Success for Team Scotland in Paris this weekend

Over the weekend, Universities Scotland’s International team, Ela Kossakowska and Dr David Donaldson attended L’Etudiant Study Abroad Fair in Paris, representing the Scottish higher education sector. They have shared insights into the successful Fair and highlighted the importance of international partnerships and students for Scotland.

With the eyes of Scotland focussed on Paris on Saturday, Scottish rugby was not the only “Team Scotland” in France last weekend. Whilst it proved not to be Scotland’s time to shine in the Stade de France, Scottish higher education was a huge hit at the L’Etudiant Study Abroad Fair, the largest study abroad fair in France, over two days at Portes de Versailles in Paris.

Nine diverse universities made-up “Team Scotland” at the L’Etudiant Fair, as well as Connected Scotland, Universities Scotland and the support of the Scottish Government. All were there to promote Scottish undergraduate and postgraduate study opportunities to prospective French applicants. Around 4,000 French students attended the Fair and the level of interest in Scottish higher education was very high. There was barely a quiet moment at the Team Scotland stand, highlighting the strong desire of students from France to continue to study in Scotland despite the barriers of Brexit.

The Team Scotland collaboration was made possible thanks to the work of Brand Scotland and Connected Scotland, a longstanding partnership that brings together eight organisations, including Universities Scotland, the Scottish Government and the British Council, that have an interest in promoting the excellence of Scottish Higher Education on the international stage.

Scotland’s Deputy First Minister Shona Robison MSP, attended the fair on Saturday morning. She talked to students, helped promote Scotland and was keen to see how partnerships like Connected Scotland, and its work with Brand Scotland, can open new international opportunities for Scottish Higher Education through collegiate activities. She praised the Connected Scotland partnership and the work it was doing to bring Scottish universities together in their international outreach activities and highlighted the importance of maintaining the strong links that both Scotland and Scottish universities have with France and Europe.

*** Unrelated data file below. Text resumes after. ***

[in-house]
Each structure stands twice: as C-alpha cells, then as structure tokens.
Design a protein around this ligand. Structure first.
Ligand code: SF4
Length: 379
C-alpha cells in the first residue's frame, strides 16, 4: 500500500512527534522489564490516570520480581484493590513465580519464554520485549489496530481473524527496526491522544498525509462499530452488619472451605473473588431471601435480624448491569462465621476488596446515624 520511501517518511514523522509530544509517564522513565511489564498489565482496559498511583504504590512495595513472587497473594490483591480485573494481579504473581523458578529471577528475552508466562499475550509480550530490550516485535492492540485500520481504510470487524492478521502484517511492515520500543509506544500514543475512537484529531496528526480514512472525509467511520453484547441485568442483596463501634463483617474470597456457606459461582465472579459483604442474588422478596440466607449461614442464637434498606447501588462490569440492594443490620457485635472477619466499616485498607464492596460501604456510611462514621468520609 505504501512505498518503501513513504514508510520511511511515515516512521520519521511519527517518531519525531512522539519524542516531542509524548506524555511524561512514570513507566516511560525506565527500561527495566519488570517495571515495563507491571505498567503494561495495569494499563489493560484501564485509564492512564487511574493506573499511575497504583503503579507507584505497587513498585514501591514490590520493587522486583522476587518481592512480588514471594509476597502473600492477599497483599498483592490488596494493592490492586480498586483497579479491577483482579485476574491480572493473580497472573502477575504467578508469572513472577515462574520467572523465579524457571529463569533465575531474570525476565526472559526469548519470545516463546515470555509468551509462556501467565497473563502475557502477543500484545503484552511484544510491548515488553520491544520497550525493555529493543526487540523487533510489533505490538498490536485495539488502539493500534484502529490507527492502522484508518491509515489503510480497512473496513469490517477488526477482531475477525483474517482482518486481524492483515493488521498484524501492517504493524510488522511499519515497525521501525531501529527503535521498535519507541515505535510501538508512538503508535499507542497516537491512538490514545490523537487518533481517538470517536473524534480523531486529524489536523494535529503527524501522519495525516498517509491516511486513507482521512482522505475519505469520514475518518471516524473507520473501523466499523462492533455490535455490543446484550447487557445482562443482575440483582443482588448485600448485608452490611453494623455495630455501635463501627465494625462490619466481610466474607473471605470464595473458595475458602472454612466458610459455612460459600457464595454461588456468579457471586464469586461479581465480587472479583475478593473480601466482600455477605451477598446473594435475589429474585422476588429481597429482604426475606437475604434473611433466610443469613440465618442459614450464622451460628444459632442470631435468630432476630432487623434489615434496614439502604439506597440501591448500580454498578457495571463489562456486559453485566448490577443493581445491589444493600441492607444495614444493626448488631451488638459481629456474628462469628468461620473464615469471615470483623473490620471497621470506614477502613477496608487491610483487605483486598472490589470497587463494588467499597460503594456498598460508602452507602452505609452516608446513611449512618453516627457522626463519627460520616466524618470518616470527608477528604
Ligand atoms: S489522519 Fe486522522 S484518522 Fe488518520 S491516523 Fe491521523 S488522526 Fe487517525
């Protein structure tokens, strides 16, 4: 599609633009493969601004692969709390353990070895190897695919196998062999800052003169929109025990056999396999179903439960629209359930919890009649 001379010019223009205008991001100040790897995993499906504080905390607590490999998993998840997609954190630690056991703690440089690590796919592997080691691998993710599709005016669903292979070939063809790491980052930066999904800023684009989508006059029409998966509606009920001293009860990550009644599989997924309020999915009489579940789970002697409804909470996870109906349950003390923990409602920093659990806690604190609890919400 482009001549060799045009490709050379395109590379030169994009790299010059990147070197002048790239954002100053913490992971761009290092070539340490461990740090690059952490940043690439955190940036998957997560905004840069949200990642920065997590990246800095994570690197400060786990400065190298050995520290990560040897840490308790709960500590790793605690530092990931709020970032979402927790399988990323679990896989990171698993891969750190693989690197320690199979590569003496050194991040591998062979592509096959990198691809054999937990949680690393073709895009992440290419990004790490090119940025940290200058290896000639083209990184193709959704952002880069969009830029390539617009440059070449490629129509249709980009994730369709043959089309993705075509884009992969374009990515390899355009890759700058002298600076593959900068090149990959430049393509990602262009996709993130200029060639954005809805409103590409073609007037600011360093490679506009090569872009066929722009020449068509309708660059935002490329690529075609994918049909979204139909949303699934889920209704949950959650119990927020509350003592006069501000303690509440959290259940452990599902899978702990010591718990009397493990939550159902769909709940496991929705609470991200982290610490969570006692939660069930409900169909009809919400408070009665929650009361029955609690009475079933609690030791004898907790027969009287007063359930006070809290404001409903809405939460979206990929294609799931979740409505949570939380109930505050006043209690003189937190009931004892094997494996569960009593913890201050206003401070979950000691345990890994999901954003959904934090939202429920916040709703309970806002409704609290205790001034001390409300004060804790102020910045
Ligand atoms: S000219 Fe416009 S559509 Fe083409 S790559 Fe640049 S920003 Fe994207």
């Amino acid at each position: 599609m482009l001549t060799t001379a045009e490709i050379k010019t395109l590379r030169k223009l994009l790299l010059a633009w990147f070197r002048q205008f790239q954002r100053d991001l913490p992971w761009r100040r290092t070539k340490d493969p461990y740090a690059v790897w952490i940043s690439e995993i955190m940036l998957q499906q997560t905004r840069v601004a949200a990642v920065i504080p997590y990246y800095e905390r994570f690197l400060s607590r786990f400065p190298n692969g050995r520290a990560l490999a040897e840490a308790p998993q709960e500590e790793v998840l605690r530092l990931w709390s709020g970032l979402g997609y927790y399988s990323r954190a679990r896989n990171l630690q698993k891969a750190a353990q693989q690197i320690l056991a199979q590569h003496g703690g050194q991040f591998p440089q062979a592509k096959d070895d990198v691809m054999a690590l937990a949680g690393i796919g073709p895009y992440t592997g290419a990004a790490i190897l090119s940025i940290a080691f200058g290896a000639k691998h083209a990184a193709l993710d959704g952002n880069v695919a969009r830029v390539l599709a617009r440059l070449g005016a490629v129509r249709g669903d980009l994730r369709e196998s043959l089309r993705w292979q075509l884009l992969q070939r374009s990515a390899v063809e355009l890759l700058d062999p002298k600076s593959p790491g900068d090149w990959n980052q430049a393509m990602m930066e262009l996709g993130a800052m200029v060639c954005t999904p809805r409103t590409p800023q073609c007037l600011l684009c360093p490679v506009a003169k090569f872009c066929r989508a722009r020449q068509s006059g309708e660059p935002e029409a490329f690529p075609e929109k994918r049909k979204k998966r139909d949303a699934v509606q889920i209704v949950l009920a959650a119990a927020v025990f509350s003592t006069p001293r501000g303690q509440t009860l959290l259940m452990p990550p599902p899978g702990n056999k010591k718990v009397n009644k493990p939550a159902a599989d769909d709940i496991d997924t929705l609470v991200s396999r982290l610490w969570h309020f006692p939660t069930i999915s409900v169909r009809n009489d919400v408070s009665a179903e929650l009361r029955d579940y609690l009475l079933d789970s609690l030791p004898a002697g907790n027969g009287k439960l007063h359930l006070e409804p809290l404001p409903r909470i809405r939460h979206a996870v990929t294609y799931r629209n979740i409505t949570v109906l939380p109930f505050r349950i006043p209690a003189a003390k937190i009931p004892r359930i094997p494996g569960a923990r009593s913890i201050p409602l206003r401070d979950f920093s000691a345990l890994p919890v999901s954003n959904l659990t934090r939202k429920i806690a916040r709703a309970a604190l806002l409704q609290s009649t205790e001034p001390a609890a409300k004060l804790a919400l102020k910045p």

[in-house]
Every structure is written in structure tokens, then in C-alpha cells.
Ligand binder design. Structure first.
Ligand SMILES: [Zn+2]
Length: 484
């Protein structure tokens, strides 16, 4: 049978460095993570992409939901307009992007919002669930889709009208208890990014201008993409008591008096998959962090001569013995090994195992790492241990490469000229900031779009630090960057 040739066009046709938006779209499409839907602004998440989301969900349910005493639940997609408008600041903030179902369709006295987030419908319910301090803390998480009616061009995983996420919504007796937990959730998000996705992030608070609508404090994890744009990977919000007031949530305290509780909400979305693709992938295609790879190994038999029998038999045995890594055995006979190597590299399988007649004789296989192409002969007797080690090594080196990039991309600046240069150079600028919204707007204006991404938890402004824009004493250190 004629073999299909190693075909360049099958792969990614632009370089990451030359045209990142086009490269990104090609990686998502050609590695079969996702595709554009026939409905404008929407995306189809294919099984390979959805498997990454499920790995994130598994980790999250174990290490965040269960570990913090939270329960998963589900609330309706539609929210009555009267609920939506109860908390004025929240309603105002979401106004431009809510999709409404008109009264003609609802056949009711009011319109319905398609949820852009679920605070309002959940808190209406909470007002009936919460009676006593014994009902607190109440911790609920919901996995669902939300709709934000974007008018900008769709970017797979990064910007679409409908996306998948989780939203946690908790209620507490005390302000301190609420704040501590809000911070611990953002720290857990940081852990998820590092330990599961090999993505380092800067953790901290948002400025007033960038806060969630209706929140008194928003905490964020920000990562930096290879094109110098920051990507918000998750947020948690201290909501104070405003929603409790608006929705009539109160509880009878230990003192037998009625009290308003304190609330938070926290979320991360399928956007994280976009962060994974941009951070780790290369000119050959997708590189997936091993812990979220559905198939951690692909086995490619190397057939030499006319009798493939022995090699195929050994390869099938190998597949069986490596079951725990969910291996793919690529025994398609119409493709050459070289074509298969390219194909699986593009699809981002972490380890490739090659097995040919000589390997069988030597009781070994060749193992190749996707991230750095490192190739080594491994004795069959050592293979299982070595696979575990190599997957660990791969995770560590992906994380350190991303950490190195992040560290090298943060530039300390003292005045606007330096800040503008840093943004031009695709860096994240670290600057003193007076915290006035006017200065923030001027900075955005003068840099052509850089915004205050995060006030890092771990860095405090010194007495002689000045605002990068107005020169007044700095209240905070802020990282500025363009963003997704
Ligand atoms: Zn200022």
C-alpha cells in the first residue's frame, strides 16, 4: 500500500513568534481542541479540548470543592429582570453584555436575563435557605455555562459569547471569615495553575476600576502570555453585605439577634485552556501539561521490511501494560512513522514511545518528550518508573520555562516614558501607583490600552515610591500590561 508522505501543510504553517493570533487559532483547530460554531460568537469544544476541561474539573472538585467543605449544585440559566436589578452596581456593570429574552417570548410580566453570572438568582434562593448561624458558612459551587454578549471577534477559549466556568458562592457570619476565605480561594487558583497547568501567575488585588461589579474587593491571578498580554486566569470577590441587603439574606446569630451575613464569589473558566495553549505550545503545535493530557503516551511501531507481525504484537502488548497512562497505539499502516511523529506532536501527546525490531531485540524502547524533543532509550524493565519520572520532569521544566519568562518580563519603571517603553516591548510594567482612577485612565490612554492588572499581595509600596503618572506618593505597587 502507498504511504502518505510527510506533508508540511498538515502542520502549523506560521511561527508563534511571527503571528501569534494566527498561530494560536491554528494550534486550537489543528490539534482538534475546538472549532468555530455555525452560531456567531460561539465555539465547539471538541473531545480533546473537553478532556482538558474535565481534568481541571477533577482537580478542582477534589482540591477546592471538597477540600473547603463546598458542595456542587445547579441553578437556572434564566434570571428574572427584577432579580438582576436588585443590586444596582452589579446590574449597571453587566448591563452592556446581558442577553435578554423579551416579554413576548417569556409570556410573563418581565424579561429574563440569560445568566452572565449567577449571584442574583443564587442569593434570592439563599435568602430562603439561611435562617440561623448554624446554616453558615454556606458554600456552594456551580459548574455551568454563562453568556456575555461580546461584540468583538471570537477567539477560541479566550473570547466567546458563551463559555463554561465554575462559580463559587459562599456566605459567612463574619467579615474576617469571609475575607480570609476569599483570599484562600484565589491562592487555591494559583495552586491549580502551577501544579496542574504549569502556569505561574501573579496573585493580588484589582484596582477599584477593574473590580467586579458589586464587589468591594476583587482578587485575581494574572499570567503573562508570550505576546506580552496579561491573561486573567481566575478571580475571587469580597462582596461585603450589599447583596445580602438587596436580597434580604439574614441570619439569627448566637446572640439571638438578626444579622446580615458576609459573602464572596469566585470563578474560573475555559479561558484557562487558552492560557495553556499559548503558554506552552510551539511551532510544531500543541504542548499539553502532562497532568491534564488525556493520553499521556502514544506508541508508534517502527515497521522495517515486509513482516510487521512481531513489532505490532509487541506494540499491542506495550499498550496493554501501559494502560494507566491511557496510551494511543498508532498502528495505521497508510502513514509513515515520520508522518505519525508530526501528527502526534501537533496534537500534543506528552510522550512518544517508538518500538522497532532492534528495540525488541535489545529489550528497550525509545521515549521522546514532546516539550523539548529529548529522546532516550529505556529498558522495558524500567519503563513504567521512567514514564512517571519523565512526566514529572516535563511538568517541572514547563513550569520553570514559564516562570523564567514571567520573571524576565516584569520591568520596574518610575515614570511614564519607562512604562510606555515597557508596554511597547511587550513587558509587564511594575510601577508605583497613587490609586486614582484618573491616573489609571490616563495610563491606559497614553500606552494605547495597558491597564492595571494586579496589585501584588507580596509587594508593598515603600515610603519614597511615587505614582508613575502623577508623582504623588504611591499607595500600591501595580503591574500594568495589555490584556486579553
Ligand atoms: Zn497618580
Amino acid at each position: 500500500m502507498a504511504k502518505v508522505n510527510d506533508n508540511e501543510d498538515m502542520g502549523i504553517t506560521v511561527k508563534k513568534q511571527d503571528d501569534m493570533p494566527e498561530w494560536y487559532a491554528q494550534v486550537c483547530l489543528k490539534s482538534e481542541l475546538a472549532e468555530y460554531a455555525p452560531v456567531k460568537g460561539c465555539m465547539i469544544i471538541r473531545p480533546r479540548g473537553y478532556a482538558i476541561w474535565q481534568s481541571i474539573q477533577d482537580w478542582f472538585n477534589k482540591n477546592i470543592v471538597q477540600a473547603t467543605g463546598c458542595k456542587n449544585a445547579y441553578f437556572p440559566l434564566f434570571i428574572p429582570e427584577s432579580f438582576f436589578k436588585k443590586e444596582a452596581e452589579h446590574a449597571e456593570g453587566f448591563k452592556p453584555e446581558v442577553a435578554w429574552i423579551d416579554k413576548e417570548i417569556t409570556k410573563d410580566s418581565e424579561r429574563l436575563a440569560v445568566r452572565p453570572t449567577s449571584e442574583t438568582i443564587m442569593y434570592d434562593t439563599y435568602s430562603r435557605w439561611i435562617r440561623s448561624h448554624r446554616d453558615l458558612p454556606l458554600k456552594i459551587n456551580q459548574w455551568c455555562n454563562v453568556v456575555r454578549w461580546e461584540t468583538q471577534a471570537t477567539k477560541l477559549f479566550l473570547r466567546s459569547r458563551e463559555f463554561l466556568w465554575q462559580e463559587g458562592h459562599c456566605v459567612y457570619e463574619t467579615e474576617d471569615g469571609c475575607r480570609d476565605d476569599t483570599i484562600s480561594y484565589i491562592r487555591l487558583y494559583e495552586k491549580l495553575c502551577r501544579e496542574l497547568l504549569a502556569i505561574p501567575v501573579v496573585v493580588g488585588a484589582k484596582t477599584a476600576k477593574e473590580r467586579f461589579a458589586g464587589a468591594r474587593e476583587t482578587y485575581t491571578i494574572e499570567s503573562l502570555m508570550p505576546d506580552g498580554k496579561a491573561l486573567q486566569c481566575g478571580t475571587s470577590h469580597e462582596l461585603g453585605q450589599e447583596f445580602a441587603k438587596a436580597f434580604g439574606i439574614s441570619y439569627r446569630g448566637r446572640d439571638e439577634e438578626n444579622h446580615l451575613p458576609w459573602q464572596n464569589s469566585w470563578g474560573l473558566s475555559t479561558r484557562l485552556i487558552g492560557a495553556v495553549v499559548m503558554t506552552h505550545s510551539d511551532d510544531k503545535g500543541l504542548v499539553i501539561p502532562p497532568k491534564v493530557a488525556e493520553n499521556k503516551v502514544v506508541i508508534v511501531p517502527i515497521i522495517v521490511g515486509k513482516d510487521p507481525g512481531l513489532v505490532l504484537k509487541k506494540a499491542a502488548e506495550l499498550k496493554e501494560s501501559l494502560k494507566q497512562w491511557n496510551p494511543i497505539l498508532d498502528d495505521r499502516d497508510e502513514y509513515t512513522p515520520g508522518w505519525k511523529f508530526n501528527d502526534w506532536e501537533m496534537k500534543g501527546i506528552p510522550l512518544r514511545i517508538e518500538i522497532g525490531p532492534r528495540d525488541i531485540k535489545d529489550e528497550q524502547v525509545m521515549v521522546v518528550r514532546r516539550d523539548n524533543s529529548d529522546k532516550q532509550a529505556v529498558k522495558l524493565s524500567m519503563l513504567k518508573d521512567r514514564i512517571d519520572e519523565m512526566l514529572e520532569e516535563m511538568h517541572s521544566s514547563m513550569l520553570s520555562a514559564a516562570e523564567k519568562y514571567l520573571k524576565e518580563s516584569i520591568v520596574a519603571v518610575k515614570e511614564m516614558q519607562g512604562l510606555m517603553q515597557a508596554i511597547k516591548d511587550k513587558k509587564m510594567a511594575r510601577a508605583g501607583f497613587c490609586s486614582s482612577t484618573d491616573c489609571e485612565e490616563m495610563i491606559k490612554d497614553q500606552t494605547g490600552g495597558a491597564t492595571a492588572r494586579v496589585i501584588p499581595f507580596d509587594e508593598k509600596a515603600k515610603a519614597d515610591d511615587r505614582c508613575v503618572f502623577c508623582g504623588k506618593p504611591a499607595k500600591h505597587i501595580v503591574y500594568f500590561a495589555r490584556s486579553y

The nine universities, there as part of the collaboration, were Abertay University, the University of Aberdeen, the University of Dundee, the University of Edinburgh, Edinburgh Napier University, the University of Glasgow, the University of St. Andrews, the University of Stirling and the University of Strathclyde.

The Deputy First Minister’s attendance at L’Etudiant came not long after the Scottish Government’s announcement that it will be committing £1 million to a Scottish Education Exchange Programme Test and Learn Project in 2023/24. The Test and Learn Project is a welcome, first stage, in the ambition to deliver a new two-way mobility scheme for students and staff in Scotland, after we lost access to Erasmus+. Having secured modest funds for the pilot stage, Scotland’s universities are keen to know more of the Scottish Government’s plans to expand the Exchange Programme next year as well as what support will be available for the long-awaited International Education Strategy.

Universities believe that a new International Education Strategy could be a helpful catalyst to institutions, support economic and social growth at home and help to reaffirm the value Scotland places on being open and outward-looking when it comes to our place in the world. An effective Strategy will need some resource behind it however, and there’s concern (voiced in Universities Scotland’s budget case: Opportunity and inclusive growth in a time of challenge) that so far £6 million of the £14.7 million notionally committed by the Scottish Government to support universities’ international activities has been reallocated for other Scottish Government priorities.

Back in France, the Team Scotland approach in Paris shows the effectiveness of leveraging the strength in partnerships like Connected Scotland. Funding to support collaborative initiatives and taking more opportunities to work together to elevate Scotland on the world stage, will be critical for the success of the Scottish International Education Strategy.